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Cambridge Language Sciences

Interdisciplinary Research Centre
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We are delighted to announce that two new projects have been awarded seed funding through the Language Sciences Incubator Fund.

The successful applicants from the latest call were announced on 29 March 2023.

We would like to congratulate all concerned and thank the reviewers for giving their time to evaluate the proposals. 

Posters on the funded research will be presented at future Cambridge Language Sciences Symposium events. We also hope to feature more information about these projects on the Language Sciences website in due course.

Developing a Psychologically Grounded Corpus for Measuring Sensationalism in the News 

Tiancheng Hu, Kiran Garimella and Nigel Collier

This collaboration between researchers at Cambridge and Rutgers Universities aims to help understand the dynamics of sensationalism in the media. 

The project bridges the fields of natural language processing (NLP), journalism studies, communication and psychology.

It aims to address important questions around declining trust in the news industry, such as: Is there more sensationalism in the news in recent years? How does this differ in different outlets, for example, tabloid versus non-tabloid, or local versus national?

The team will create a corpus for measuring sensationalism in news headlines and train a machine learning model to quantify it.

This is also an opportunity to explore the use of language models for modelling subjective social science concepts and affective reasoning tasks. 

Methods for Evaluating Short-cut Learning in Transformer-based Automatic Speech Recognition (ASR) Systems and its implications

Calbert Graham, Konstantinos Voudouris, Luca Scimeca and Nathan Roll

This is a new collaboration between Cambridge researchers in Computational linguistics and Psychology, with Harvard University and UC Santa Barbara. 

The project addresses the challenges of accent diversity in Automatic Speech Recognition (ASR) systems. 

The aim of the project is to better understand how speech cues that discriminate between speakers and their accent backgrounds are learned in deep neural networks.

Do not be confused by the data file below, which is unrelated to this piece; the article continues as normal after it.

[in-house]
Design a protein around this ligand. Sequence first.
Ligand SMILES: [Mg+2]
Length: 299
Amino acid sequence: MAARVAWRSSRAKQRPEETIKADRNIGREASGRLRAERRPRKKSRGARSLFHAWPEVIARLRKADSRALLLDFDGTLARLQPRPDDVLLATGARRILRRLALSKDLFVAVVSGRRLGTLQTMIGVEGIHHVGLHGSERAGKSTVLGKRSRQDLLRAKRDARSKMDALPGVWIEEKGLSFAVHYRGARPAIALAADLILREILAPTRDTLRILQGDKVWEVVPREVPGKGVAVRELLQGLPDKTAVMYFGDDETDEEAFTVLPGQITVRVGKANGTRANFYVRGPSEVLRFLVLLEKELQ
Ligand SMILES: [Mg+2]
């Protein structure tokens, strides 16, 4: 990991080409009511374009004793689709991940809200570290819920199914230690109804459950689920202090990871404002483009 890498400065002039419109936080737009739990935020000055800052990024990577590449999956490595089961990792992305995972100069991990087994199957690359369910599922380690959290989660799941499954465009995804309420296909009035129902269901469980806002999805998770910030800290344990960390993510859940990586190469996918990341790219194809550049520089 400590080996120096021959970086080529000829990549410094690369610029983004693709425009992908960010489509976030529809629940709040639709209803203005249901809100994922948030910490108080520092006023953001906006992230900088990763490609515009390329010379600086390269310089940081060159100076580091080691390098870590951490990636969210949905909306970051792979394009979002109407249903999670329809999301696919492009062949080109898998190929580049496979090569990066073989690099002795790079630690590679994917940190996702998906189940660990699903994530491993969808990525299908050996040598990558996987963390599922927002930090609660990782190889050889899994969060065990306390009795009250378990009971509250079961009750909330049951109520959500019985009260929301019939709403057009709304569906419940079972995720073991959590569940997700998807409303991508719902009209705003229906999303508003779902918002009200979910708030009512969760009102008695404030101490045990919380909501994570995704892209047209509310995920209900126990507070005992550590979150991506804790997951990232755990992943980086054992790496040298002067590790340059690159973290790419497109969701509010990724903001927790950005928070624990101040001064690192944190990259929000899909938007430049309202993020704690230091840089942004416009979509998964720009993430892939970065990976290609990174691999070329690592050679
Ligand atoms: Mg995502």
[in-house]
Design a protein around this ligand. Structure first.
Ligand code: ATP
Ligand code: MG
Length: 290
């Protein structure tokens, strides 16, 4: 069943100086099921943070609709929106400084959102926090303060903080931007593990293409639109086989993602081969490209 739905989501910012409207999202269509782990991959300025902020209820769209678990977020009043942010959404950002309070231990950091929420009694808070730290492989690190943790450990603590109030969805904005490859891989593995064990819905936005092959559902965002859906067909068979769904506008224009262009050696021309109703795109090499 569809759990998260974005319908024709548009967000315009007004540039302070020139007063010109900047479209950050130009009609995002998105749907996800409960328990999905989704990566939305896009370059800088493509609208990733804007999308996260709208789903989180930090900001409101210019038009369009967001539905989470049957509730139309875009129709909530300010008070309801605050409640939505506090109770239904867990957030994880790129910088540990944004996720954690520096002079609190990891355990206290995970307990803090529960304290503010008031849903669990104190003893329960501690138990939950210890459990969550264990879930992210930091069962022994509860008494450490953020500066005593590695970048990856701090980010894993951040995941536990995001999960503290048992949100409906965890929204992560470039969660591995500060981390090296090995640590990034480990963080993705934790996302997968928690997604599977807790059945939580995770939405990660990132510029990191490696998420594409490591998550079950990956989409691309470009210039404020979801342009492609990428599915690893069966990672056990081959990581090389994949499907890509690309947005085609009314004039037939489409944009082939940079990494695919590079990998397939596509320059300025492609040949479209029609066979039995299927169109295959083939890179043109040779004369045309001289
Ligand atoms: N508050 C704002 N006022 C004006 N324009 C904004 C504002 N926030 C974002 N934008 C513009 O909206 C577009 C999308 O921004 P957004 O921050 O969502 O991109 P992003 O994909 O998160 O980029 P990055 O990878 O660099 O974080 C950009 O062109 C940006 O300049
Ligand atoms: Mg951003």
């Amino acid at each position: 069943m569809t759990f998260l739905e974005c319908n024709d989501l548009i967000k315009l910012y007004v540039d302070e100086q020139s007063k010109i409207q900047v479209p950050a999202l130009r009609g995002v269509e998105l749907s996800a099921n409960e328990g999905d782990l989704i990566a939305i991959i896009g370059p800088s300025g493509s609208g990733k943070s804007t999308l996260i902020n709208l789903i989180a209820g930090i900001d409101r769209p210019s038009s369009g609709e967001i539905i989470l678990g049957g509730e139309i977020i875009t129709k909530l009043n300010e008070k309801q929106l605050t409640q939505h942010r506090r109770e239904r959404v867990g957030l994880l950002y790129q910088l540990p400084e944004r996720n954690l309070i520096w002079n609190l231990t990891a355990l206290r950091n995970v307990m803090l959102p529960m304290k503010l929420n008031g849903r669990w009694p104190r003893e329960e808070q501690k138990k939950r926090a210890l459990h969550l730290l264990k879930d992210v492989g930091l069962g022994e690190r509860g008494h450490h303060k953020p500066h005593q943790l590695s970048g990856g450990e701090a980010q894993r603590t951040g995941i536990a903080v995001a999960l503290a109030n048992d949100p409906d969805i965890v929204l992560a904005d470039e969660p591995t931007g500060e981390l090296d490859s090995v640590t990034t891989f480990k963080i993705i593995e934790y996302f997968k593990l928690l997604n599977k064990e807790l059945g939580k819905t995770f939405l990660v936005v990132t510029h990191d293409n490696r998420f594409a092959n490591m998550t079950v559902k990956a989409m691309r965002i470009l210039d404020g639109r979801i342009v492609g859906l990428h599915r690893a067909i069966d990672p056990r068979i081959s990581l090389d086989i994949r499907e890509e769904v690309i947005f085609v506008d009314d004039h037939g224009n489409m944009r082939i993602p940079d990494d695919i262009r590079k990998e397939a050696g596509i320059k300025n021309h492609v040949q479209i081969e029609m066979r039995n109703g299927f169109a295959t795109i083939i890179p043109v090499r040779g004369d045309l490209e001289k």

Drawing on research in phonetics, computer science, speech recognition, phonology and second language acquisition, the group are building a framework to explore algorithm bias in ASR systems. 

This will be based on the Accent Benchmark dataset – a corpus of over 5,000 audio clips of native and non-native English speech developed for the previous Incubator Fund project, ‘Generalising Native Language Articulation to Non-Native Contexts’.

There is growing evidence that ASR systems can exhibit biases that may amplify discrimination based on gender, race, ethnicity, health condition, and so on. 

Research has found vast disparities in word error rates calculated for black speakers of American English compared to white speakers. Similarly, recognition rates of non-native speech are generally poorer. 

This may be due to speech recognisers being trained on predominantly native, standard varieties of English and other languages. 

However, bias is not limited to spoken language. For example, similar problems have been uncovered in leading Twitter AI hate-speech detection algorithms in which the model was unaware of certain dialectal forms and was 1.5 times more likely to flag tweets as offensive or hateful when written by Black Americans.

Dr Calbert Graham, Senior Research Associate at Cambridge University said, “The issue is not simply about whether a computer is good at recognising the words we speak. ASR is embedded in many important systems to automate processes (e.g., to provide remote access to health and education services), and to improve accessibility for people with disabilities.”

“Many people rely on personal voice assistants to complete daily tasks. There is clearly an urgent need in safety-critical contexts to assess how these ASR algorithms work and the nature of the errors they generate. Making the inner workings of the technology more transparent would help to build trust among users that the algorithms work the way they are intended.”

About the Incubator Fund

The Incubator Fund is a small grants fund designed to foster innovative interdisciplinary research in the language sciences. It was established by Cambridge Language Sciences with additional funding from the Isaac Newton Trust, Cambridge University Press & Assessment, and the School of Technology.

As well as the opportunity to develop new ideas, collaborations and approaches, Incubator Fund projects can provide proof of concept or evidence of collaboration for larger grant applications. Other positive outcomes include knowledge exchange studentships, publications, fellowships and further career opportunities for researchers involved.

Since the Incubator Fund was established in 2016, over £110,000 of seed funding has been awarded across 41 projects.

We hope to open the next call for proposals in Autumn 2023.

Please visit the Incubator Fund page for more information and to see a full list of Language Sciences Incubator Fund projects.

What we do

Cambridge Language Sciences is an Interdisciplinary Research Centre at the University of Cambridge. Our virtual network connects researchers from five schools across the university as well as other world-leading research institutions. Our aim is to strengthen research collaborations and knowledge transfer across disciplines in order to address large-scale multi-disciplinary research challenges relating to language research.